Malou Luchtenberg, Els Maeckelberghe, Louise Locock, Lesley Powell & A. A. Eduard Verhagen (2015). Young People's Experiences of Participation in Clinical Trials: Reasons for Taking Part. American Journal of Bioethics 15 (11):3-13.
    Given the lack of knowledge about safety and efficacy of many treatments for children, pediatric clinical trials are important, but recruitment for pediatric research is difficult. Little is known about children's perspective on participating in trials. The purpose of this study was to understand the experiences and motivations of young people who took part in clinical trials. This is a qualitative interview study of 25 young people aged 10–23 who were invited to take part in clinical trials. Interviews (...)
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  44.  24
    Peter E. Langdon, Glynis H. Murphy, Lee Shepstone, Edward C. F. Wilson, David Fowler, David Heavens, Aida Malovic, Alexandra Russell, Alice Rose & Louise Mullineaux, The People with Asperger Syndrome and Anxiety Disorders Trial: A Pilot Multi-Centre Single Blind Randomised Trial of Group Cognitive Behavioural Therapy.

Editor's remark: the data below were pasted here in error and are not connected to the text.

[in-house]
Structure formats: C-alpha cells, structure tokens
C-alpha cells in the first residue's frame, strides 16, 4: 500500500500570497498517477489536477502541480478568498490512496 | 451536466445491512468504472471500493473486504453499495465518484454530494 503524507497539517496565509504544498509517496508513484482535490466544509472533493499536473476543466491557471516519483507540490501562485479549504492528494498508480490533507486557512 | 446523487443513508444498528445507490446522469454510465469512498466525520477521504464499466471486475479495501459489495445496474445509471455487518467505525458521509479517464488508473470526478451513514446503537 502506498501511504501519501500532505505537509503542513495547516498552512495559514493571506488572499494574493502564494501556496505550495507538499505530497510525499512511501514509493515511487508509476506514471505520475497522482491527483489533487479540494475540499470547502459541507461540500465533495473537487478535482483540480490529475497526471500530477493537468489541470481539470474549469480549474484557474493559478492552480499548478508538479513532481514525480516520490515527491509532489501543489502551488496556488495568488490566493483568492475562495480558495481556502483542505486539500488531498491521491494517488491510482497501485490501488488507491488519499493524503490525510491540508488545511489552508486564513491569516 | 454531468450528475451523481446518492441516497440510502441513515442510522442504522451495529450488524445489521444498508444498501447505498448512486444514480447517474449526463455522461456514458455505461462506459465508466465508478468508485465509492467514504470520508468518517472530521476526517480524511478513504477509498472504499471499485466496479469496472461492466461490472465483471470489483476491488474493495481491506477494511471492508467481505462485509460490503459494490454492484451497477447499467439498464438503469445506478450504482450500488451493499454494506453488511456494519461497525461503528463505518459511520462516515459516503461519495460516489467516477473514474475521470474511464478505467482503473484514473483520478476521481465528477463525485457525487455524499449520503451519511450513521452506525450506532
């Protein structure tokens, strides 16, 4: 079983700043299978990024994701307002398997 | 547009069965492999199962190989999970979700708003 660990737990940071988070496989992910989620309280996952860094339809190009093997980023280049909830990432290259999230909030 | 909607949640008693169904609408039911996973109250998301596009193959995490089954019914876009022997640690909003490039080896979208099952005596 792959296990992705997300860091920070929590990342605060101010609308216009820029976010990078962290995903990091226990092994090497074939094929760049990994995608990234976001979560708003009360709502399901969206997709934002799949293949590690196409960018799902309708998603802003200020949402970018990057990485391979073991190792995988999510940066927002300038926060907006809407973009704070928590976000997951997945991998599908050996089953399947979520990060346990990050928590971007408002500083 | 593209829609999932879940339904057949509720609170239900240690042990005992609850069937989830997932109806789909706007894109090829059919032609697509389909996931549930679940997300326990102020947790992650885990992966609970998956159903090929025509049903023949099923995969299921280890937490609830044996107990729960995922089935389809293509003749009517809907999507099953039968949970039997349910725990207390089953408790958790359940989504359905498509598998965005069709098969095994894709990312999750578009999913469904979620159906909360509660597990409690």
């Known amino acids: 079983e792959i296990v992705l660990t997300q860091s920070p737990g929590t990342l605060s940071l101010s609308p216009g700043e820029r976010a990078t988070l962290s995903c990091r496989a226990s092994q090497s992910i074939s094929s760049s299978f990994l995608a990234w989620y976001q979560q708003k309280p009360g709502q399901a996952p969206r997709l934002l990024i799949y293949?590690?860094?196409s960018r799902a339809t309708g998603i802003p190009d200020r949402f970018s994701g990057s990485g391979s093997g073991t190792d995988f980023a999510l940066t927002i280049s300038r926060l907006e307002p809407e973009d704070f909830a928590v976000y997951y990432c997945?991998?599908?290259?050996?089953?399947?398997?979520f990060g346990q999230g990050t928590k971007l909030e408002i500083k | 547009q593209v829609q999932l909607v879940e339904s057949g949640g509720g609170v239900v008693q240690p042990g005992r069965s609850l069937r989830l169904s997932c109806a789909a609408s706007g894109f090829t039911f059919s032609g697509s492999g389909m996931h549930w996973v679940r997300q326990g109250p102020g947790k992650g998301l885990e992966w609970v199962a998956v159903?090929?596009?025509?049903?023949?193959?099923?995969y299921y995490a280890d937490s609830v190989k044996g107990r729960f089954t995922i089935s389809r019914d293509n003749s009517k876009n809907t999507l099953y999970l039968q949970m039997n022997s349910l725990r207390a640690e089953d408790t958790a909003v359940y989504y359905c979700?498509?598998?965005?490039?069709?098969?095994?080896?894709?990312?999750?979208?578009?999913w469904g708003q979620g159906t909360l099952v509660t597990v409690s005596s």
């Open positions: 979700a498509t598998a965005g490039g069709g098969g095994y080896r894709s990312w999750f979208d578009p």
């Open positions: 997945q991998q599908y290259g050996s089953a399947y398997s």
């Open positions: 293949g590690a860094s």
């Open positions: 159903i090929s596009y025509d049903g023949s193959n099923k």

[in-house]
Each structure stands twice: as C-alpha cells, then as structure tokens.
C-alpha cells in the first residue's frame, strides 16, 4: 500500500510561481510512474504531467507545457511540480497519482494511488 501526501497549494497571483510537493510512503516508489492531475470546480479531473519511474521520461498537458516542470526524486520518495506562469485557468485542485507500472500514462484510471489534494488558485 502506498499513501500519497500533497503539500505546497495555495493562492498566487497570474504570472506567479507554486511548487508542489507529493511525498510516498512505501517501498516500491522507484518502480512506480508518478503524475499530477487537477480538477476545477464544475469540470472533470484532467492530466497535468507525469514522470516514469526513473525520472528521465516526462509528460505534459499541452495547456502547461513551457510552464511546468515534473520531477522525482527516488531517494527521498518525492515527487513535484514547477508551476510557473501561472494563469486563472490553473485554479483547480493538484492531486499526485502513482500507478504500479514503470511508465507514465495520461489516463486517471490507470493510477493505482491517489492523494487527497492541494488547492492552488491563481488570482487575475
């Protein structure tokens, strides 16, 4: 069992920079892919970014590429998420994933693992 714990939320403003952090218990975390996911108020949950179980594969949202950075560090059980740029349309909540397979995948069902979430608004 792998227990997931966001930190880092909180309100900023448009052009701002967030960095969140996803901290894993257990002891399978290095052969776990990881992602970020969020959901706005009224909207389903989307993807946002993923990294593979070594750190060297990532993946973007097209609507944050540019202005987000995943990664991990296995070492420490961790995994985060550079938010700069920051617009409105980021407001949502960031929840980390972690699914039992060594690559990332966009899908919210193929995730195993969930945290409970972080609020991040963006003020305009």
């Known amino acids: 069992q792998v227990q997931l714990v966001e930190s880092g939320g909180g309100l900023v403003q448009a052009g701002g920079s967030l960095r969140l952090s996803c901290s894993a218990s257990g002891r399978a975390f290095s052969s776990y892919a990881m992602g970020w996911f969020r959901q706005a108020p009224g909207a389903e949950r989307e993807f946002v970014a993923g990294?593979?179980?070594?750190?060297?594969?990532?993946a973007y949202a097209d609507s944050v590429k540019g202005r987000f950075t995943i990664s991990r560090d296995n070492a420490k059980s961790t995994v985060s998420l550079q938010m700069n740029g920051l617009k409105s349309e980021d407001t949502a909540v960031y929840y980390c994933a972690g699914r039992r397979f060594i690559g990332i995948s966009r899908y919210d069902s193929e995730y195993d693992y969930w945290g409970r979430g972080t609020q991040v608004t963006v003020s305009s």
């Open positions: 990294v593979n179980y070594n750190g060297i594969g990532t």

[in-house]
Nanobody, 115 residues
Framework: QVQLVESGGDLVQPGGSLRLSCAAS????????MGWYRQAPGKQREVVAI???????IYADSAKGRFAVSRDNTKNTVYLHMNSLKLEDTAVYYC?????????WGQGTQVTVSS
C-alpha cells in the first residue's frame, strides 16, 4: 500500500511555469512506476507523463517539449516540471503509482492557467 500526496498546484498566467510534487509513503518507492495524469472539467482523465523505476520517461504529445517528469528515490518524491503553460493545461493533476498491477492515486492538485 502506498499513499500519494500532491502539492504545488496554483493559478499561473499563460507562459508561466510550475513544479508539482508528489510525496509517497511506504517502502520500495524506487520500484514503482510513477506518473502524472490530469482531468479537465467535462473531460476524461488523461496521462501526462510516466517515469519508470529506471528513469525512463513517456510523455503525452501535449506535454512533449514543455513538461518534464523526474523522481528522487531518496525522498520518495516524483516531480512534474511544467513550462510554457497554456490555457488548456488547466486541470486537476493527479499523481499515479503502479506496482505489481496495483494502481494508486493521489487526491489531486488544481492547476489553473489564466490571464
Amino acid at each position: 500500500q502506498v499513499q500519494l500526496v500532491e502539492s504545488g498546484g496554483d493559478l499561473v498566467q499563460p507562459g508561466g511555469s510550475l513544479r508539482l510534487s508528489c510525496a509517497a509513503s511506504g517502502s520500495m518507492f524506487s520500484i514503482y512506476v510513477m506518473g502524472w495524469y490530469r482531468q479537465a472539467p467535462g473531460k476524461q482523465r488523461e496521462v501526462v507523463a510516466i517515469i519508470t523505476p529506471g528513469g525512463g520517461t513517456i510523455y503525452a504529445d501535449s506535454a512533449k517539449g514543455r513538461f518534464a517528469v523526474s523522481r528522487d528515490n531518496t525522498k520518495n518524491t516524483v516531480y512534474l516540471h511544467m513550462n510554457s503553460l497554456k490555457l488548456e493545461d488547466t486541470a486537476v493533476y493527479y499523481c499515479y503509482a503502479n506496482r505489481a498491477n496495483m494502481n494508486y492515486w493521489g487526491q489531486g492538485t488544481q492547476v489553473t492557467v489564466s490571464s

Background: There is a growing interest in using cognitive behavioural therapy with people who have Asperger Syndrome and comorbid mental health problems. Aims: To examine whether modified group CBT for clinically significant anxiety in an AS population is feasible and likely to be efficacious. Method: Using a randomised assessor-blind trial, 52 individuals with AS were randomised into a treatment arm or a waiting-list control arm. After 24 weeks, those in the waiting-list control arm received treatment, while those initially randomised (...)
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  45. Andrew E. Monroe & Bertram F. Malle (2010). From Uncaused Will to Conscious Choice: The Need to Study, Not Speculate About People’s Folk Concept of Free Will. Review of Philosophy and Psychology 1 (2):211-224.